Per the City’s ordinance, ethics complaints from the public were heard in open session and voted on by council members. The city council dismissed this complaint, as it did three other complaints filed last year. The council’s rationale for the dismissal of this current breach of ethics? They stated that while the recount request letter was accepted by the Registrar of Voters – resulting in the recount being scheduled – the absence of the city manager’s electronic signature meant it didn’t really count as using official letterhead. Tim Brown admonished Bieber for filing the complaint – then complained that council members only get paid $400 a month and that “while we deal with these ethics complaints as they come in, I’ll be dammed If I’m going to take this abuse.”

At the very next city council meeting Councilman Brown moved to abolish the city’s code of ethics ordinance

Bieber subsequently filed a Public Records Request for all city records relating to the abortive Measure OO recount effort – including all correspondence and communications by councilmembers or staff using private e-mail. According to Bieber, he was given only 26 records following a month-long back and forth with the city clerk.

The city clerk informed Bieber that “the City is withholding two records [e-mails] under the deliberative process privilege. (Times Mirror Co. v. Superior Court (1991) 53 Cal.3d 1325, 1342.) The deliberative process privilege protects materials that reflect the deliberative or decision-making processes. (Wilson v. Superior Court (1996) 51 Cal.App 4th 1136, 1142, citing E.P.A. v. Mink (1973) 410 U.S. 73.) The privilege recognizes that the quality of decision making can be impaired when the deliberative process is prematurely exposed to public scrutiny.”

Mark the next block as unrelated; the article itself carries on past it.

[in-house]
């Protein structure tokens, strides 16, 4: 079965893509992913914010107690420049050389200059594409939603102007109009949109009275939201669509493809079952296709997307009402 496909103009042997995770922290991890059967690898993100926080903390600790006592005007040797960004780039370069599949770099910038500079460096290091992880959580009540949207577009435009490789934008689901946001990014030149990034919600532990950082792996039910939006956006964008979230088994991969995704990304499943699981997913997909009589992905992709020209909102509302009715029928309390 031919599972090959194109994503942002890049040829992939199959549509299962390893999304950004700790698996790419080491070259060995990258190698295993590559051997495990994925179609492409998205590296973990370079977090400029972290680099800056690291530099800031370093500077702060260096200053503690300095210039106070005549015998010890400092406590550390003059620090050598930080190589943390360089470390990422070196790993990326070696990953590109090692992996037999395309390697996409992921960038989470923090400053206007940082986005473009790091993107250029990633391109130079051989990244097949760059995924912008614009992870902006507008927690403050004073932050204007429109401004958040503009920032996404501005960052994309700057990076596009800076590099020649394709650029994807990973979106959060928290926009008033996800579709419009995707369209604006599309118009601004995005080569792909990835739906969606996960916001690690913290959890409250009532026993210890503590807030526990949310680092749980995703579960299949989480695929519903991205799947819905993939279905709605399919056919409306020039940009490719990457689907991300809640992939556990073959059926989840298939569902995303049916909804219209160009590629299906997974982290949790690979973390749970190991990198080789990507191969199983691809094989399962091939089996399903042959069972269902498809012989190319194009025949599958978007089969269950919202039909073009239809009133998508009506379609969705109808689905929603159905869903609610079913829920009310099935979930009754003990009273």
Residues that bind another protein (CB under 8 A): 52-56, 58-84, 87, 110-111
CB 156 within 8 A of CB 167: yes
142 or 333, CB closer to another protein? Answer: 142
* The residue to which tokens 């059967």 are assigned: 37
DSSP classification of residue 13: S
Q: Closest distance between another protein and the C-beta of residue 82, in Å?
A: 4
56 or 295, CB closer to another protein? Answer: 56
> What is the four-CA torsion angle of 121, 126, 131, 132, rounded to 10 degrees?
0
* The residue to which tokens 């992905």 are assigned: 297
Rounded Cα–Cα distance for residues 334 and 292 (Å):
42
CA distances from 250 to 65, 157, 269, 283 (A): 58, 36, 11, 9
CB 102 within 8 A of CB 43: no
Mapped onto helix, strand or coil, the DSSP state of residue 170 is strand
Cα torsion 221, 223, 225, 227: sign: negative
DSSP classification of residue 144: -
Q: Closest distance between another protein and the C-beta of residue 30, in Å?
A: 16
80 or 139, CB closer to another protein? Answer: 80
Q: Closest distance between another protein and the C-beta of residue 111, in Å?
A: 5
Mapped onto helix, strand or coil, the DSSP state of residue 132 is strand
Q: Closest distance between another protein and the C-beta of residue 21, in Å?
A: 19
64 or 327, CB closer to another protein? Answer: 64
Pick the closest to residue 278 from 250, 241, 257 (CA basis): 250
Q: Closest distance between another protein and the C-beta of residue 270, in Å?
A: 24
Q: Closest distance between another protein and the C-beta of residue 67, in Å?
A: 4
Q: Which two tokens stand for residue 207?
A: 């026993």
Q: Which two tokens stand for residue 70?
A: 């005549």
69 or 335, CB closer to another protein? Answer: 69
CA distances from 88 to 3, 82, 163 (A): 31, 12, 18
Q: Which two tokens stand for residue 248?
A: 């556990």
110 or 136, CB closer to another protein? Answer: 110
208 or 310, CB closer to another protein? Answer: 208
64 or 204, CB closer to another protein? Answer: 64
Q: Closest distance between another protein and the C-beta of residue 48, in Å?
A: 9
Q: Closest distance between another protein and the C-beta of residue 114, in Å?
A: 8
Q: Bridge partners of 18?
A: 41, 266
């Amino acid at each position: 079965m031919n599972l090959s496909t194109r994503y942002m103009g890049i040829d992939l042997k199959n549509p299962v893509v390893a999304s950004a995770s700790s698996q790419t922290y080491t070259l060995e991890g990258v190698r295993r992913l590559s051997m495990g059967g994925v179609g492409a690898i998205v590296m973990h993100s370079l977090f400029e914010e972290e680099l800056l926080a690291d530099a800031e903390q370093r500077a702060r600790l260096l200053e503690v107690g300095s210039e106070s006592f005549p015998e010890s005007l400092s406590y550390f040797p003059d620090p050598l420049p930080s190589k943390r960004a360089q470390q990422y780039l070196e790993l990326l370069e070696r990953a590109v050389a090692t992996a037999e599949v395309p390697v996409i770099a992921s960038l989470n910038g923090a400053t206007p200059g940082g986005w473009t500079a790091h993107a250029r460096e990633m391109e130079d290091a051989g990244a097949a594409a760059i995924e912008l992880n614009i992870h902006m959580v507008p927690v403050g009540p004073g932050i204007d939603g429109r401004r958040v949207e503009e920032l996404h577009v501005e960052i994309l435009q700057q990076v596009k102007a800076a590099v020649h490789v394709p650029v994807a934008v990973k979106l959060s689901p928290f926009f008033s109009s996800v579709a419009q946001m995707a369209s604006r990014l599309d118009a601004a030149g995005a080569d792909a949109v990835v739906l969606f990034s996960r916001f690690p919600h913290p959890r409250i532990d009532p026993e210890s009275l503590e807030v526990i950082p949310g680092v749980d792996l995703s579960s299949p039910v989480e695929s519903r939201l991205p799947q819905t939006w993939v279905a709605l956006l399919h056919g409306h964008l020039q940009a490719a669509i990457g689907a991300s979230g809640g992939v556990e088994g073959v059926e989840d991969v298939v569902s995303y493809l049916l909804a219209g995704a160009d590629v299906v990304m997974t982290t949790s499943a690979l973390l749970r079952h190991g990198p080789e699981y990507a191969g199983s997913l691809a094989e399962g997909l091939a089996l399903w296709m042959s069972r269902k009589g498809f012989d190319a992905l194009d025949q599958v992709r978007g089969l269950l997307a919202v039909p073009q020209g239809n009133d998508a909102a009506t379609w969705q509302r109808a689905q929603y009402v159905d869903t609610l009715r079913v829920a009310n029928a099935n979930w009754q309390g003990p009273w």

“This excuse is bogus,” said Bieber. “There isn’t any way to ‘prematurely expose’ to the public the issue of how recount funding will be deliberated. The deadline is past, the election is certified and because the council is painfully aware that the public knows that they cannot use their money to finance recounts, they can never revisit this issue in any format again in the future.”